So that's the second category. God can't sin, he can't do things that are logically contradictory, and also there's another category which may be kind of like a subset of the previous one, but we can't pit the infinite attributes of God against one another and expect to come up with something sensical. So, for instance, can God make a rock so big he can't lift it? We're basically asking, can the creative power of God do something that is more great than maybe the strength of God could overcome? So if God is infinite in his creative power, is he infinite in his ability to move things that have been created?
And then let's say, well, which one of these is greater? Well, when you have an actually infinite amount of something, and I'm not saying you can quantify power, but let's just say you could, one is not bigger than the other. If you actually had an actual infinite amount of something, one is not bigger than the other. You can't compare them in that way. So we can't pit the infinite attributes of God against each other. We can't say, is he more just than he is good? Is he more loving than he is righteous? See, these questions don't make sense. It's the same way of saying, can you pit one attribute of God like creating a rock against lifting the rock? Well, no, you can't. It doesn't work like that. And so that's another category that just kind of fails out of the gate.
But people don't think about it, right? That's not a short answer. You actually have to engage your mind. It sounds like a nice pithy little statement you can throw out to shut a Christian up if they haven't thought carefully about these things, but also, just while we're here, let's just say you can't answer this question well, does that mean Jesus didn't die and rise from the dead? No. Does that mean that 2,000 years of critical thought about Christianity invalidated because you didn't have a good answer? No, it doesn't. The truthfulness of Christianity, the beauty of the Gospel does not depend on your ability to answer every single question that's asked of you.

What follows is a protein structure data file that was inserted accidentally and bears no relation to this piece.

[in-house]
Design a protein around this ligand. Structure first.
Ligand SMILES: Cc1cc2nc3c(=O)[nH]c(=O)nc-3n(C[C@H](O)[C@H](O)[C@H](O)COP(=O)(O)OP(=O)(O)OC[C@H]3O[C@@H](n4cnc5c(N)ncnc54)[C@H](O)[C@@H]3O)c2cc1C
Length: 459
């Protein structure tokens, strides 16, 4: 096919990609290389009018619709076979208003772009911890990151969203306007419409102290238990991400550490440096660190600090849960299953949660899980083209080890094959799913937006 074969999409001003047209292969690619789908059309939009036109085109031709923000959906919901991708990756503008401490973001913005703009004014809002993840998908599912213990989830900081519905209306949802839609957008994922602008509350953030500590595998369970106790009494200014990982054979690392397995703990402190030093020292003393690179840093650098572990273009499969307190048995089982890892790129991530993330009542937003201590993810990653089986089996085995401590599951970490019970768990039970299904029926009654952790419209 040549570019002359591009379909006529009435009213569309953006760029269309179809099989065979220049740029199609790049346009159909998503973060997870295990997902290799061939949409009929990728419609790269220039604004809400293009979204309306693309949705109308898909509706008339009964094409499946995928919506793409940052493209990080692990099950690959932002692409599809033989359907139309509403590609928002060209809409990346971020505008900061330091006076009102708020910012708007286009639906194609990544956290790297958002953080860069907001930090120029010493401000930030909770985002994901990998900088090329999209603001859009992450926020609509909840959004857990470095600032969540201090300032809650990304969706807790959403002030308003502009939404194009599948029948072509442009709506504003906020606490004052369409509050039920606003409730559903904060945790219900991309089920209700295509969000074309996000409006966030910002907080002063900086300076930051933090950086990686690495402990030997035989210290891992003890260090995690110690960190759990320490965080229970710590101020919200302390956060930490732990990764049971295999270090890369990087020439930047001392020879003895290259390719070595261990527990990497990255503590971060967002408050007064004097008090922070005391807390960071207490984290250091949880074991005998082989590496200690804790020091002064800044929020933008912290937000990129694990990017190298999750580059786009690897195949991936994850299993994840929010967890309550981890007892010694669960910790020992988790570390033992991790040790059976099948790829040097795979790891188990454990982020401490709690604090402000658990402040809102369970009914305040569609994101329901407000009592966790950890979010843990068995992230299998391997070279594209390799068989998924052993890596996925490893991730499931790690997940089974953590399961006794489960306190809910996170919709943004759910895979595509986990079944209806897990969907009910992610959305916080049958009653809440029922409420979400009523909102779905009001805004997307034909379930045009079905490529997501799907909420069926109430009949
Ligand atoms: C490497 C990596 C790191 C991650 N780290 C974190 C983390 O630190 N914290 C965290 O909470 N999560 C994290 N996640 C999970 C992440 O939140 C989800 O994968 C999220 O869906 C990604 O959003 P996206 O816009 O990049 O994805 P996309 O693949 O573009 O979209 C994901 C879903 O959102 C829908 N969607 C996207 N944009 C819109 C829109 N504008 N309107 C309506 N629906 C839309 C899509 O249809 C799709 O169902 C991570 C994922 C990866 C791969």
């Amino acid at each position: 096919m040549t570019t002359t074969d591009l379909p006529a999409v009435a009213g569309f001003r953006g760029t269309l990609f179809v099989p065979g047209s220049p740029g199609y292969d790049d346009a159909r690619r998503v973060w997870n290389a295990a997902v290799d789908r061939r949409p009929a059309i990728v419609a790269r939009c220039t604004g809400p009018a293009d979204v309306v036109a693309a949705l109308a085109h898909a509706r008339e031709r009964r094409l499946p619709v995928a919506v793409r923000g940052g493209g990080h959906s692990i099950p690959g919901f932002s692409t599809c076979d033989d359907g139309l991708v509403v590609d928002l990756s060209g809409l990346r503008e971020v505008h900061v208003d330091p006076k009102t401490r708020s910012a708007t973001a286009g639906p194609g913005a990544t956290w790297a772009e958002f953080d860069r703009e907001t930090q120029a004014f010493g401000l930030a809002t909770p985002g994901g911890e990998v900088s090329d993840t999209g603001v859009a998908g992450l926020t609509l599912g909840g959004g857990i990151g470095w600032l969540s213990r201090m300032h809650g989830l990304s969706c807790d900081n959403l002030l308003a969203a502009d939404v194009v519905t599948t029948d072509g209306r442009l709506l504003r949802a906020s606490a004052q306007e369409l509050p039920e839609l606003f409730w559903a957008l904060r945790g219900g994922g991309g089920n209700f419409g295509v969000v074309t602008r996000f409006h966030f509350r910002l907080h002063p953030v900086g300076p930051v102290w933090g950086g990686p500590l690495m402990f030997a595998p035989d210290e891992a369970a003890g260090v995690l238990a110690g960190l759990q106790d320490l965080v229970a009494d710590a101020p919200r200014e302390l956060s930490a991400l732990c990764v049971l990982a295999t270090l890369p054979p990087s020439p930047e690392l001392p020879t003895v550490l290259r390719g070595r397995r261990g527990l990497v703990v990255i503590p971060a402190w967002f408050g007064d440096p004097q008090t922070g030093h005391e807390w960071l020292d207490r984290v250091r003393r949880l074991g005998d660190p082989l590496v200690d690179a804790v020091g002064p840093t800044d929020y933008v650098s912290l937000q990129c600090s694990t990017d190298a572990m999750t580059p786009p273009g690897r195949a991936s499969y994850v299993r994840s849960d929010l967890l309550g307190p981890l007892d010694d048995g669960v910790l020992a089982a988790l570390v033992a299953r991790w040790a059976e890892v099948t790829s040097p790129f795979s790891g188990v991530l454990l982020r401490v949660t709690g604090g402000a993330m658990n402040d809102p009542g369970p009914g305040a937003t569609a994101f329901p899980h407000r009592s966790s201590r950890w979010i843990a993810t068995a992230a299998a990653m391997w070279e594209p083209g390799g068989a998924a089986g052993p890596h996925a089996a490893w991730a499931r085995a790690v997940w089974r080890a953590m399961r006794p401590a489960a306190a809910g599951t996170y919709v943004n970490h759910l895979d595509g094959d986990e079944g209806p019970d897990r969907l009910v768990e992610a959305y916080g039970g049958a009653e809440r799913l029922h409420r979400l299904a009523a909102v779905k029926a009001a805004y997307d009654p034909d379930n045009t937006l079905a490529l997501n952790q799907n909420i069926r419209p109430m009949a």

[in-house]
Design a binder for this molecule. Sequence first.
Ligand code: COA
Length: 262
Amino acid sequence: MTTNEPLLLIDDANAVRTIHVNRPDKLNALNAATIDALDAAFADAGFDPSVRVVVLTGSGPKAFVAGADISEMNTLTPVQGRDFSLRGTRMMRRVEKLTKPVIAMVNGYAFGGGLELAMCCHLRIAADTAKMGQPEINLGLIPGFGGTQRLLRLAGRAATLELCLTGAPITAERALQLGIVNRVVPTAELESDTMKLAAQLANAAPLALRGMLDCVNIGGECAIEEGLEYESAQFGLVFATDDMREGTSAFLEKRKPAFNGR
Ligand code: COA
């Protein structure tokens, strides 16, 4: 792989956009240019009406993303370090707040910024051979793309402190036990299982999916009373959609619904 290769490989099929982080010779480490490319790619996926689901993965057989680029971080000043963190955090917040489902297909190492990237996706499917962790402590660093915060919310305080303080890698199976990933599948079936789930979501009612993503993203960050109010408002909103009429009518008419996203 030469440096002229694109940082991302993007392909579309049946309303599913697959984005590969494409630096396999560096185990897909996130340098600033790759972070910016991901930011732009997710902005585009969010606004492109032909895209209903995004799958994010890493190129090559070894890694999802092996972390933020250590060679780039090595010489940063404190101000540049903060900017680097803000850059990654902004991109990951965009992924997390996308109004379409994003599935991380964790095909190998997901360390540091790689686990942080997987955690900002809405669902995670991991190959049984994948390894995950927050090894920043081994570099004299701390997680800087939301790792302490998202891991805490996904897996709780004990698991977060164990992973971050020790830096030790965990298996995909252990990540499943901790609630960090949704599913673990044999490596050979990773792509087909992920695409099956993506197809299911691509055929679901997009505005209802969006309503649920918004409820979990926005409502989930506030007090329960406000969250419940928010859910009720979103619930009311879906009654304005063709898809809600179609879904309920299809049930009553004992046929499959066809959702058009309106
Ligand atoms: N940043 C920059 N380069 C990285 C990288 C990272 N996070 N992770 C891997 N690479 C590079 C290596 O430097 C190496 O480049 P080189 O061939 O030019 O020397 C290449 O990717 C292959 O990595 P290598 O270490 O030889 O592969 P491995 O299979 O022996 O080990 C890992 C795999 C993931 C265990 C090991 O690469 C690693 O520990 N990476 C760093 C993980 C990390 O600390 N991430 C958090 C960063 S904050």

My friend, Hunter Levine, has made this point and I think it's a great one. Now, yes, we should be prepared to answer objections, to give a defense for the faith and to become increasingly more prepared to do this. Most of us just sit on our heals and we shouldn't. We should get more equipped to defend our convictions. But, the truthfulness of Christianity, it does not just totally depend on you. There are going to be questions you cannot answer, there are questions that I get asked that I cannot answer. But faithfulness looks like continuing to increase in our doctrine and devotion and our ability to give an answer.